Catholic officials call for much-needed assistance as humanitarian crisis looms in Christian stronghold Kayah state
In this picture taken on May 13, 2018, internally displaced people and local villagers attend a church service in Myitkyina, Kachin state. Often called the 'forgotten war', the Kachin conflict is a messy struggle over autonomy, ethnic identity, drugs, jade and other natural resources, between the Kachin Independence Army (KIA) and the Myanmar state. (Photo by Ye Aung THU / AFP)
Church officials have called for more funding to provide much-needed humanitarian assistance for internally displaced persons (IDPs) as their numbers steadily rise in conflict-torn Myanmar.
They said the Church has continued its mission for the people who are most in need amid challenges such as restrictions and funding shortfalls.
“As the rainy season approaches, tarpaulins to use as shelter are in urgent need. But the support of donors is becoming weaker,” a senior clergyman from Loikaw diocese which covers Myanmar’s eastern Kayah state told UCA News.
He said the IDPs live poorly in makeshift camps and accommodation is congested.
More than 260 IDPs have taken refuge in the Church compound in Loikaw, Kayah’s state capital, while thousands of others are in the jungle and makeshift camps in remote areas.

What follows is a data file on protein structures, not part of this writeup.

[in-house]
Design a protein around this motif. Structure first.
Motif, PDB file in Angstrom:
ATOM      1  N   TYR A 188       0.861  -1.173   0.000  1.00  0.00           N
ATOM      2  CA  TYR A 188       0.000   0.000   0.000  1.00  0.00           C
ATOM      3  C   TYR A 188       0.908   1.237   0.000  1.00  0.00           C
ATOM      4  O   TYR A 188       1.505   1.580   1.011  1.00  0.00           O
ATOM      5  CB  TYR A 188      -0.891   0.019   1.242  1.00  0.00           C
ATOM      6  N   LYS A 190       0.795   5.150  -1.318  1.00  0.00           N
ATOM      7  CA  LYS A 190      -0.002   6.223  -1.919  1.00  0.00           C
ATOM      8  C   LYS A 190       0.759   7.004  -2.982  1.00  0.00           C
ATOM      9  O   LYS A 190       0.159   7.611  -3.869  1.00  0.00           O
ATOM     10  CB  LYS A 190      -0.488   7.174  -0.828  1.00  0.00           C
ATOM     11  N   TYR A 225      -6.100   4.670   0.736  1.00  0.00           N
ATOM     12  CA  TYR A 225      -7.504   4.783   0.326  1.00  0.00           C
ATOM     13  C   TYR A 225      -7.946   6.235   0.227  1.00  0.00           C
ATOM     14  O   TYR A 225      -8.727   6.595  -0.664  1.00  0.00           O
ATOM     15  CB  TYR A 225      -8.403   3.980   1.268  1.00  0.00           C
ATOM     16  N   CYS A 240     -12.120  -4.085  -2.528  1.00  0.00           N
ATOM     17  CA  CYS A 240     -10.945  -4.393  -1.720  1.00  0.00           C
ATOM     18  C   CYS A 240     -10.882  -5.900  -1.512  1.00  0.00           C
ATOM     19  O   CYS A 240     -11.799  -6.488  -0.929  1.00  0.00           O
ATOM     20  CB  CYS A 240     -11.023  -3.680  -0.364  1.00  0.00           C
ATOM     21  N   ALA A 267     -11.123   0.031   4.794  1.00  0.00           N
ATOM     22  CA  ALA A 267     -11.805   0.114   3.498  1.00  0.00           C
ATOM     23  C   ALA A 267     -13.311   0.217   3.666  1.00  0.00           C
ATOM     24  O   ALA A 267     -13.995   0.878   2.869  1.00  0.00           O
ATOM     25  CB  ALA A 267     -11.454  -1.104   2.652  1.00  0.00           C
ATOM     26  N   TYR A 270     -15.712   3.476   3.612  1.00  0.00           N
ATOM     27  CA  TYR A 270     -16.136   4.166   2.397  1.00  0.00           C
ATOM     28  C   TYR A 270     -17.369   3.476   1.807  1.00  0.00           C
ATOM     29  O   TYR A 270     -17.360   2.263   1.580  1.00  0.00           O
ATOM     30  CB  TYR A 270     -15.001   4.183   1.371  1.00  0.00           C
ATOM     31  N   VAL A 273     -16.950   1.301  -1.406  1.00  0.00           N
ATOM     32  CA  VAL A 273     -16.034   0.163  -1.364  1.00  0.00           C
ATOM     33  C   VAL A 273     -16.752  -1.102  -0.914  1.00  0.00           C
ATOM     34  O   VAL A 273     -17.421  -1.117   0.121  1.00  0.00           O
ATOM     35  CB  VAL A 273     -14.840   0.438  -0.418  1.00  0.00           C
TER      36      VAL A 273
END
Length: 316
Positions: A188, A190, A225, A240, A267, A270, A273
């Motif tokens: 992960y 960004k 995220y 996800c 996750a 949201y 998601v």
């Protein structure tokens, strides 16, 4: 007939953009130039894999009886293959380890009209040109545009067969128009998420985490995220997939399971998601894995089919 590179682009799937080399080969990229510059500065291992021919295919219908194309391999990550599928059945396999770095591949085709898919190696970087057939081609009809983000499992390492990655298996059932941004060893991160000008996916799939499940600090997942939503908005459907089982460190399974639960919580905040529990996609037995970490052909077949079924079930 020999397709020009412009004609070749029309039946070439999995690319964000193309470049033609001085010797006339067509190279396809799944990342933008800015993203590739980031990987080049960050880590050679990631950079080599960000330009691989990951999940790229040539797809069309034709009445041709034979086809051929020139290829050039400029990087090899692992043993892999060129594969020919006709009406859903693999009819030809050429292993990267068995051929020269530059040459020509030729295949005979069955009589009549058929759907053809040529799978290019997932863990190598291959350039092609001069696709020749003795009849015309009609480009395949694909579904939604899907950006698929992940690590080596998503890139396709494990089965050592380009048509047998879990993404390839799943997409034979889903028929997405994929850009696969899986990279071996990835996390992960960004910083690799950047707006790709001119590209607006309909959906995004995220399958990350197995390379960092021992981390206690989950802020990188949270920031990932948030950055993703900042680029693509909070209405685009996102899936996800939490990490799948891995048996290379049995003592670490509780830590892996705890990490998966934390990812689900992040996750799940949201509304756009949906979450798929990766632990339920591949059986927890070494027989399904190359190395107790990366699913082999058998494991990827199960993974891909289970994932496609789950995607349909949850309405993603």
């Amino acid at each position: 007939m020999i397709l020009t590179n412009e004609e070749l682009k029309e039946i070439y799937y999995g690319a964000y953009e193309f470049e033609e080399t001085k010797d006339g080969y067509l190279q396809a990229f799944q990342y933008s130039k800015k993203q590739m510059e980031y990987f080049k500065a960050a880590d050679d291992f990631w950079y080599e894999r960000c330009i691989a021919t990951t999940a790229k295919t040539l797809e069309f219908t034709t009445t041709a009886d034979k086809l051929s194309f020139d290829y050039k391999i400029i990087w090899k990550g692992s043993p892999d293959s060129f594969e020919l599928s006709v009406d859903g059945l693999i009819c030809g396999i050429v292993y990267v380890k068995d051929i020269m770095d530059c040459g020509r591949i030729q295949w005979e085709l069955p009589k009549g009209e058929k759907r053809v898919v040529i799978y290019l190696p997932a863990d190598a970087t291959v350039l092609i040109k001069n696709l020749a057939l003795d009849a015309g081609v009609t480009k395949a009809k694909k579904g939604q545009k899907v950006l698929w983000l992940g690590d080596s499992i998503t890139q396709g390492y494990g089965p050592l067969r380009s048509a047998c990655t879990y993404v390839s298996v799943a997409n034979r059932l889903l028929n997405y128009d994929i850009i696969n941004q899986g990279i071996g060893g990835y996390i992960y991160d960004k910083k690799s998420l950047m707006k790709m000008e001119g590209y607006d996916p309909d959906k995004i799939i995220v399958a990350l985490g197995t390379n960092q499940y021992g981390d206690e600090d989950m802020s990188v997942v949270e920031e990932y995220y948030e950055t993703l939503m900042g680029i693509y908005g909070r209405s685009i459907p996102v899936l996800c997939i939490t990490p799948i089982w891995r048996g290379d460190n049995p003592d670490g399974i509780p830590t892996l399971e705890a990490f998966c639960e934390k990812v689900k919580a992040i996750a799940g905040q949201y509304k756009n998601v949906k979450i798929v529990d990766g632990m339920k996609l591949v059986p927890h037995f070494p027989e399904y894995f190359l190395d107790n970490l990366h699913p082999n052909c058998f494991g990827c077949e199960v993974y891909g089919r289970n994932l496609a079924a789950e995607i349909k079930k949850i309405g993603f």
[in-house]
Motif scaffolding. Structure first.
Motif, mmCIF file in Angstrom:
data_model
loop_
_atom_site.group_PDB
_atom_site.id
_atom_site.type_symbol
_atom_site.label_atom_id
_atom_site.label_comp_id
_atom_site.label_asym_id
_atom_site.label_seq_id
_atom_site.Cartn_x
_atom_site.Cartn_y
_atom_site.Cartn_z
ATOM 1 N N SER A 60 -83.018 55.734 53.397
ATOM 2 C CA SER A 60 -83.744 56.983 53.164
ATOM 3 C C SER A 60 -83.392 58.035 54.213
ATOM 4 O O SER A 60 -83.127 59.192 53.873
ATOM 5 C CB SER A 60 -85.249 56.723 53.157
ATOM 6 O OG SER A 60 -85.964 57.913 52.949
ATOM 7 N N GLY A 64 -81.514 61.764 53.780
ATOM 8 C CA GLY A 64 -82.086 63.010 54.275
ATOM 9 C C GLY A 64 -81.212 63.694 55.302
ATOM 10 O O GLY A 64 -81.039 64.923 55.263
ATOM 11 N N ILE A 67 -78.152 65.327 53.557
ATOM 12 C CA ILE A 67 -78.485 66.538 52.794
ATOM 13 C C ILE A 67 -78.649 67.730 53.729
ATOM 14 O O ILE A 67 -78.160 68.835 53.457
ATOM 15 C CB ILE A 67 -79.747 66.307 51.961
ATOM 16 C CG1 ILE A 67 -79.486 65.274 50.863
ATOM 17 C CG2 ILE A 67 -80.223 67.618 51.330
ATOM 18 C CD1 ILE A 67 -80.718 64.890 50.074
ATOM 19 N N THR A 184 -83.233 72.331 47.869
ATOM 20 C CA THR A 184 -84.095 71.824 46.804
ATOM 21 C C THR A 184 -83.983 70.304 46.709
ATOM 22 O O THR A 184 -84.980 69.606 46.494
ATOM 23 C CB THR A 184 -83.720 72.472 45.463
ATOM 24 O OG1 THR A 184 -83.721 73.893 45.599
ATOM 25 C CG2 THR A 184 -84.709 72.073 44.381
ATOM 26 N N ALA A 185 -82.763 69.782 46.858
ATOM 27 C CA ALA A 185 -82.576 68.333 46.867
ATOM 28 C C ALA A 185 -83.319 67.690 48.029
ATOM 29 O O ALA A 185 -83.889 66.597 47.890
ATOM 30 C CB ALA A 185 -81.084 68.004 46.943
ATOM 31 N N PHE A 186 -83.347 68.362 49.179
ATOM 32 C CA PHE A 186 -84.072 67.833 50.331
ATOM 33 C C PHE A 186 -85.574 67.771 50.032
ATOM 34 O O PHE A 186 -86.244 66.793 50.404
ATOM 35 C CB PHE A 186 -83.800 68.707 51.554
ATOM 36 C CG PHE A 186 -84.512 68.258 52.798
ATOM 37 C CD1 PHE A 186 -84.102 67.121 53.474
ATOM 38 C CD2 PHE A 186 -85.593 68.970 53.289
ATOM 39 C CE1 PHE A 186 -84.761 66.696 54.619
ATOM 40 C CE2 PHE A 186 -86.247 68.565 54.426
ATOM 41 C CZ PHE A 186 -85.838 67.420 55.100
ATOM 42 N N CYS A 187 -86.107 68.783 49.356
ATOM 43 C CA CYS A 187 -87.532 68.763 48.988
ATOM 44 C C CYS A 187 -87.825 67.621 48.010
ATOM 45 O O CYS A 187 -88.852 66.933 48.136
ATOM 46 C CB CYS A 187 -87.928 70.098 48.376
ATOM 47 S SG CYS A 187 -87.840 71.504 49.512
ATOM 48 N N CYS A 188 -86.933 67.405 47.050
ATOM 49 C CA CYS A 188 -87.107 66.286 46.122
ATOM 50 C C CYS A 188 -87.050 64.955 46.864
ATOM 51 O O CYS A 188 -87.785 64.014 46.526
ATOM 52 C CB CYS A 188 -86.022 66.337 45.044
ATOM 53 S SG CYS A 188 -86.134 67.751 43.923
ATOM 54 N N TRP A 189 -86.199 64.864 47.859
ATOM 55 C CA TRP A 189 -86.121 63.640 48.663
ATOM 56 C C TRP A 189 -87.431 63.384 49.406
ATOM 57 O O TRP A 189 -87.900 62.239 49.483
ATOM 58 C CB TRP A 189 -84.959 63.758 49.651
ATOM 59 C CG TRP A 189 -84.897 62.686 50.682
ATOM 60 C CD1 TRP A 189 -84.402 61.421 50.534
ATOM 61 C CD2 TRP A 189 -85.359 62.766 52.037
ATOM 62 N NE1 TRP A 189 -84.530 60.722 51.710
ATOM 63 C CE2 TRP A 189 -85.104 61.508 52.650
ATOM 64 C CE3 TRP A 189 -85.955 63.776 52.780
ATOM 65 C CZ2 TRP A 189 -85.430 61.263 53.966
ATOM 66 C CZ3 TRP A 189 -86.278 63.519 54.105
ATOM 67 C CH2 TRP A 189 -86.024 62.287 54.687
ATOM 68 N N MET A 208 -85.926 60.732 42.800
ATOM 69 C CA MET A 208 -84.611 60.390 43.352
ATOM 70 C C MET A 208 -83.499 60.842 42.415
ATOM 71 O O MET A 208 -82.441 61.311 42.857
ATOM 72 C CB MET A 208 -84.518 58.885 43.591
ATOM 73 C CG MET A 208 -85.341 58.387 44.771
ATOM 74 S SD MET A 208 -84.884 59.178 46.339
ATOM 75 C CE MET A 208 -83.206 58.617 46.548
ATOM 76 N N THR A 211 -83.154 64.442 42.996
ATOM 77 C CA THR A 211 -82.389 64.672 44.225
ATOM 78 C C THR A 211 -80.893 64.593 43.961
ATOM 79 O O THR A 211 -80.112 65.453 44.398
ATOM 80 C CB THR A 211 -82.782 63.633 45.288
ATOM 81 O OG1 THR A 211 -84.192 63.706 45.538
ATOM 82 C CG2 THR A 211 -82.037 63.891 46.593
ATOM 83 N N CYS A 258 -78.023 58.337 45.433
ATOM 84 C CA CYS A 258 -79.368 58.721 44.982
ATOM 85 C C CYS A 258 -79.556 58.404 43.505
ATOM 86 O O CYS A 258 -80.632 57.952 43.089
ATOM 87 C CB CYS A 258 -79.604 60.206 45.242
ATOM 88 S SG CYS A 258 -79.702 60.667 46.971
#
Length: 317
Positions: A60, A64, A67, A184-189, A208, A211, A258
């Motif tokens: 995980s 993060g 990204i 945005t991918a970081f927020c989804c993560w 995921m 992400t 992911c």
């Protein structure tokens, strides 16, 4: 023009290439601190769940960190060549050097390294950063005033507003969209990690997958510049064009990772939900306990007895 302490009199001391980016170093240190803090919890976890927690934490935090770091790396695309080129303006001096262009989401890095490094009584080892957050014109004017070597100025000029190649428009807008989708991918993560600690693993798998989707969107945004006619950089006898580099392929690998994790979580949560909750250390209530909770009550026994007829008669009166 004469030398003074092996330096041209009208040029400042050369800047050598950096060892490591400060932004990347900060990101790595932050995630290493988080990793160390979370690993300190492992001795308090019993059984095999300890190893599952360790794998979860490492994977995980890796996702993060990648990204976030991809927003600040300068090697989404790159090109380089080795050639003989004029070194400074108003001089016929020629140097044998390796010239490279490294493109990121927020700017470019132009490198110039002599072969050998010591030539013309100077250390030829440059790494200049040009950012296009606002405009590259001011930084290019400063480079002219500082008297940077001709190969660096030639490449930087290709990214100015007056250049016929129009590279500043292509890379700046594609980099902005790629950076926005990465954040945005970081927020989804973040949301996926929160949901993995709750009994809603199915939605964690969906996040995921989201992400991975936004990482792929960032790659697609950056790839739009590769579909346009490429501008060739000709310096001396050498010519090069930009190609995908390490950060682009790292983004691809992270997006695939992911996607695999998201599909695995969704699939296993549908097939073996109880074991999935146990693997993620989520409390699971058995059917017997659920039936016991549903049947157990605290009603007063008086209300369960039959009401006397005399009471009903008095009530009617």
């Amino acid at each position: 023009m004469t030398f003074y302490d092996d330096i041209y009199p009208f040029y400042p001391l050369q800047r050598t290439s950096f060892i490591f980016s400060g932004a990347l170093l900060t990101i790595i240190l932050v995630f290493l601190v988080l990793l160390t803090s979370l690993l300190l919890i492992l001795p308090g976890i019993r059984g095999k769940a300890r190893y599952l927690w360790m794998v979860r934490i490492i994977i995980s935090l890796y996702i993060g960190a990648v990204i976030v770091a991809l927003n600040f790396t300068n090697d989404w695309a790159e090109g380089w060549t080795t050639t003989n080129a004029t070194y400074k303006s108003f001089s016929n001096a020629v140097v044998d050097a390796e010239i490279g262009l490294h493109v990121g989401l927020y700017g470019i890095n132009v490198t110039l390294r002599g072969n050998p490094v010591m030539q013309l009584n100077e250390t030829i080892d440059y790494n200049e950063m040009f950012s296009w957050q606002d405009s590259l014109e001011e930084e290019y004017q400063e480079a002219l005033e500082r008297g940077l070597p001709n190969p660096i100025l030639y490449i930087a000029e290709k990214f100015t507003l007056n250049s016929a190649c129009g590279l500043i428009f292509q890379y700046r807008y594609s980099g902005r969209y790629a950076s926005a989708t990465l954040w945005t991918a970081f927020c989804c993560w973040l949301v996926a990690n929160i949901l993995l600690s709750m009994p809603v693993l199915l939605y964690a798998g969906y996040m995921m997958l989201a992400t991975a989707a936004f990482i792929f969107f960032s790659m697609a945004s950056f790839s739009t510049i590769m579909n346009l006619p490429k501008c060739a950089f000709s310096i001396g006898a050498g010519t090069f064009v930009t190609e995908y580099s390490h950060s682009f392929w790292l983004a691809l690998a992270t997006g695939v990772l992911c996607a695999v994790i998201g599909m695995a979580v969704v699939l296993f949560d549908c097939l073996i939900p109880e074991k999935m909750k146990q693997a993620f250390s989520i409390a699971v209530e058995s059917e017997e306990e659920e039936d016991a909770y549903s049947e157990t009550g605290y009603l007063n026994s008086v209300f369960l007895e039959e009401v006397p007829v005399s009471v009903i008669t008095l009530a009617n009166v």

“Despite difficulties, our response to the IDPs is ongoing with providing food, tarpaulins and medicines,” he said.
Fighting continues to escalate between the military and people's defense forces in the Catholic stronghold of Kayah state where the junta has unleashed airstrikes and artillery shelling, forcing thousands of people including women, children and the elderly to flee their homes to seek refuge in nearby jungles or churches in neighboring villages and towns.
“Gunfire has fallen silent around Loikaw town so far but we can hear the sound of guns being fired in nearby townships,” the cleric said.
He added some people went back to Loikaw but most of the IDPs remain in southern Shan state as the situation in the town is yet to become stable.
At least 170,000 civilians in Kayah state — more than half of its population of 300,000 — have been forced to abandon their homes, according to the Karenni Civil Society Network.
At least seven Catholic churches have been hit by artillery shelling and airstrikes by Myanmar’s military in Loikaw diocese, with 16 out of 38 parishes severely affected by the intensifying fighting.
Catholic bishops in Myanmar have appealed for humanitarian access to IDPs to provide their basic needs.
Last June, Pope Francis backed the call of Myanmar bishops who appealed for humanitarian corridors to allow safe passage for those fleeing.
The Southeast Asian nation is facing a humanitarian crisis triggered by a political crisis after the military seized power that toppled elected civilian leaders in February 2021.
The crisis has been dragged on despite the Association of Southeast Asian Nations (ASEAN) leading diplomatic efforts to solve it, but its response has been ineffective in pressuring the military regime.
“We will continue to support ASEAN’s efforts to facilitate a peaceful solution in the interest of the people of Myanmar, including through the work of the Special Envoy of the ASEAN Chair on Myanmar, in building confidence and trust with full access to all parties concerned, and effective delivery of humanitarian assistance to the people of Myanmar, including those who are the most in need, without discrimination,” the bloc’s leaders said in a joint statement after the two-day US-ASEAN summit in Washington on May 12-13.
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